"The wave is actually probability in the sense that it assigns probability to the space coordinates of detecting photon at a certain time. Now, the wave transports energy & momentum."
As you say that you quote words from a book, then, you have to know that there are many books and many authors, each one with his/her opinion. There are four basic opinions about the wave-function:
- Standard Quantum Mechanics - we don't know what is the wave-function, and we can only calculate results of experiments.
- Bohmian Mechanics - the wave-function is a field, not one that is known to us from the classical physics (e.g. not e.m., not gravitational), and this field guides particles like electrons, photons, which trajectories to follow. E.g. in interference experiments, these particles are guided to go with bigger probability to some places than to others.
- G.R.W. (Ghirardi-Rimini-Weber) - the wave-function is a wave with no structure of particles in it, but when meeting classical apparatuses, it produces an effect of discrete responses.
- MWI (many-worlds interpretation) which I am not going to discuss.
(There are also other interpretations but the most elaborated are the ones I quoted above.)
Now, to different details of your question, (my answers are in agreement to the most widespread views, not biased by one interpretation or another):
We don't know that the wave is probability. Probability is a mathematical thing that we write on the paper. In nature exists matter, under different forms: waves that carry by themselves their energy and momentum, waves whose energy and momentum are transmitted with the help of the particles of some medium (as in the case of water waves or the sound), definite objects big or small, and eventually other forms not yet known to us.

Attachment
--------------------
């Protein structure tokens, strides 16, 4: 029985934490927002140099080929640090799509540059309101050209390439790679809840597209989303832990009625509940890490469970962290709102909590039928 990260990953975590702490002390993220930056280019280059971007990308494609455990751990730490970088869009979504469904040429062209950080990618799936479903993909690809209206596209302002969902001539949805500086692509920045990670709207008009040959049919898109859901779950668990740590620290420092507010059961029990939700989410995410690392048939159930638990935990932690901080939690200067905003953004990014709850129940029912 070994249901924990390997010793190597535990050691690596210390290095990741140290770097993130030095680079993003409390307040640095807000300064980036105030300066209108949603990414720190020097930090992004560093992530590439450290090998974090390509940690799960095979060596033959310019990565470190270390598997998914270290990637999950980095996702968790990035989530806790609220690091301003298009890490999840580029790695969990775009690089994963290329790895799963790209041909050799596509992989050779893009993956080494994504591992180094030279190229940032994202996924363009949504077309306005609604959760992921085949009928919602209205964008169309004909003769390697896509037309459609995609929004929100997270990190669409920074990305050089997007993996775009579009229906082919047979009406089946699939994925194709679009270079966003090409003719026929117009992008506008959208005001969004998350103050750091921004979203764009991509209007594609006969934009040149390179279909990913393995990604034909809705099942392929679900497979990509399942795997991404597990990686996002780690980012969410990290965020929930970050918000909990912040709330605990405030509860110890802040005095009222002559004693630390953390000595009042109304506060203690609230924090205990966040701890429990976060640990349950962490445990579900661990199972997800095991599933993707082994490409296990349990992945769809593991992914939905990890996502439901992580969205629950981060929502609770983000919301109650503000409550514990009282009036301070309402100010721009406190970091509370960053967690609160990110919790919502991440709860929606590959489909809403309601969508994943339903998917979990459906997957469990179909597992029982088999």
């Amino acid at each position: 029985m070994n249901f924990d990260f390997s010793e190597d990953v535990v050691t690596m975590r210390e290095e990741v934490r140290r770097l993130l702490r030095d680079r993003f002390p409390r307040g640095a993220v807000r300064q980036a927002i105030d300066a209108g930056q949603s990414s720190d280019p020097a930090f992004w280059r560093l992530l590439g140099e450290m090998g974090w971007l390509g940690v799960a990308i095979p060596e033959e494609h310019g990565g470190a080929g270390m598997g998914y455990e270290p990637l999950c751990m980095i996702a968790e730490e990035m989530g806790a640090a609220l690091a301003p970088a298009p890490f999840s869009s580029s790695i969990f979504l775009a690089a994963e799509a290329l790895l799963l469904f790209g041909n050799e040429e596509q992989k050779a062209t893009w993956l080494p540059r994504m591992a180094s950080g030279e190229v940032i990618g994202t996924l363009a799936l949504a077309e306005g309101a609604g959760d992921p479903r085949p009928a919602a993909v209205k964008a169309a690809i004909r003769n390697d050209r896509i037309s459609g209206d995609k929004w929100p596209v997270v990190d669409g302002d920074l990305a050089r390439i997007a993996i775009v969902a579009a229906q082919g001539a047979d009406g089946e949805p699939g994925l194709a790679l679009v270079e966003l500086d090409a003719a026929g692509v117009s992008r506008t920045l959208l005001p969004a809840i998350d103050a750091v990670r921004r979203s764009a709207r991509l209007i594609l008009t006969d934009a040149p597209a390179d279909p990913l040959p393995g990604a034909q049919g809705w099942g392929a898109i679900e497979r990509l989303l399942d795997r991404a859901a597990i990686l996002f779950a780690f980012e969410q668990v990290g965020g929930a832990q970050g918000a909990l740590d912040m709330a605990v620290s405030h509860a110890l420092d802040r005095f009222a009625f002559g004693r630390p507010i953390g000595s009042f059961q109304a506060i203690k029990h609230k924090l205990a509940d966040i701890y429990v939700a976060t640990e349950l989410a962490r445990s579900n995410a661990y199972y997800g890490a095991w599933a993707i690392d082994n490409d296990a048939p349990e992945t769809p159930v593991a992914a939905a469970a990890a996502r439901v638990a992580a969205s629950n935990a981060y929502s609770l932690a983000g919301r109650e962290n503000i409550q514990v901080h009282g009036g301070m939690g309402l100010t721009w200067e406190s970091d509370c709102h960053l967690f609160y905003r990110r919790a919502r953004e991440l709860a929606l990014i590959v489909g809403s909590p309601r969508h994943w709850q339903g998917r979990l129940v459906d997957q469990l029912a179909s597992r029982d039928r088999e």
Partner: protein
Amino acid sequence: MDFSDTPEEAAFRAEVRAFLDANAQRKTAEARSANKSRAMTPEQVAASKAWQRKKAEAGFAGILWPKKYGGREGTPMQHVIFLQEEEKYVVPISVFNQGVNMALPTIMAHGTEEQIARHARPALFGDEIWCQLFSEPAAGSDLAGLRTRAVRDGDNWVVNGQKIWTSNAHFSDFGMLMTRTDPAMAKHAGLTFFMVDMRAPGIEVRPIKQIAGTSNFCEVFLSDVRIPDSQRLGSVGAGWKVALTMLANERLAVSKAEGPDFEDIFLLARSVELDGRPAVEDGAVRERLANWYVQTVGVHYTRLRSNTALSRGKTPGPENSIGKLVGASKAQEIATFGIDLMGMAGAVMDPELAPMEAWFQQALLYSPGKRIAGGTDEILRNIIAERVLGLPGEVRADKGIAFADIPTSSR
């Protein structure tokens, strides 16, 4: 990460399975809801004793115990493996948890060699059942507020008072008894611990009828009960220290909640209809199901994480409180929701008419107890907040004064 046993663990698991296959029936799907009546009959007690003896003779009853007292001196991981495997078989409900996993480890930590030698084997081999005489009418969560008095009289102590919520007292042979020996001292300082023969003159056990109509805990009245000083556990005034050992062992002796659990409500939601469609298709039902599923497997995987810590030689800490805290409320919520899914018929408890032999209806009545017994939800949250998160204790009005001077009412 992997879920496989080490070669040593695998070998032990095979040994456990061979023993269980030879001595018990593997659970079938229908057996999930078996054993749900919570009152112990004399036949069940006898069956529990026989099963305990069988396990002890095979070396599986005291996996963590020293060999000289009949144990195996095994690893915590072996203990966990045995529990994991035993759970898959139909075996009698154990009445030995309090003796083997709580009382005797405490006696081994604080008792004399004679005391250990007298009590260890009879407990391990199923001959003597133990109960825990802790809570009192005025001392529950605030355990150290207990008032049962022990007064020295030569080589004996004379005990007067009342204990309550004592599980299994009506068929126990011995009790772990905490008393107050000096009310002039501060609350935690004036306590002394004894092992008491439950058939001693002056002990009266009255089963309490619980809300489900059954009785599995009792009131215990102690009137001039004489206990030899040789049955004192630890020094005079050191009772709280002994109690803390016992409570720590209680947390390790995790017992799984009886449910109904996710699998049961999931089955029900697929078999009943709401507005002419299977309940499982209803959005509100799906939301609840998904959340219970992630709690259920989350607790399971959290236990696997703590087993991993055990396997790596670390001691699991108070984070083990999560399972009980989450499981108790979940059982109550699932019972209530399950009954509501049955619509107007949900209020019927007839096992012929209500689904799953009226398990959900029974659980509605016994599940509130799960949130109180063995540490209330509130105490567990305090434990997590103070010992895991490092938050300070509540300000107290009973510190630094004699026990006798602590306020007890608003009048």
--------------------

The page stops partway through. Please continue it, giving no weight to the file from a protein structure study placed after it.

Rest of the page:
Now, if the waves were waves-of-probability as you are told, then how could they carry energy and momentum?
"Unlike light, electron-wave is not made by electric or magnetic fields."
Who says that a wave has to be electromagnetic? The gravitation waves aren't electromagnetic. The sound is not electromagnetic.
But, unfortunately, we don't know what is the wave of which you talk, i.e. the wave-function. It's more than a century that we stay with this problem. The electron-wave yes carries energy and momentum, however, we are unable to decide which one of the different interpretation is correct, and we also admit that there may exist another variant.
A. Peres, said once that it may be that we have to reconsider our concepts about space, time, and others.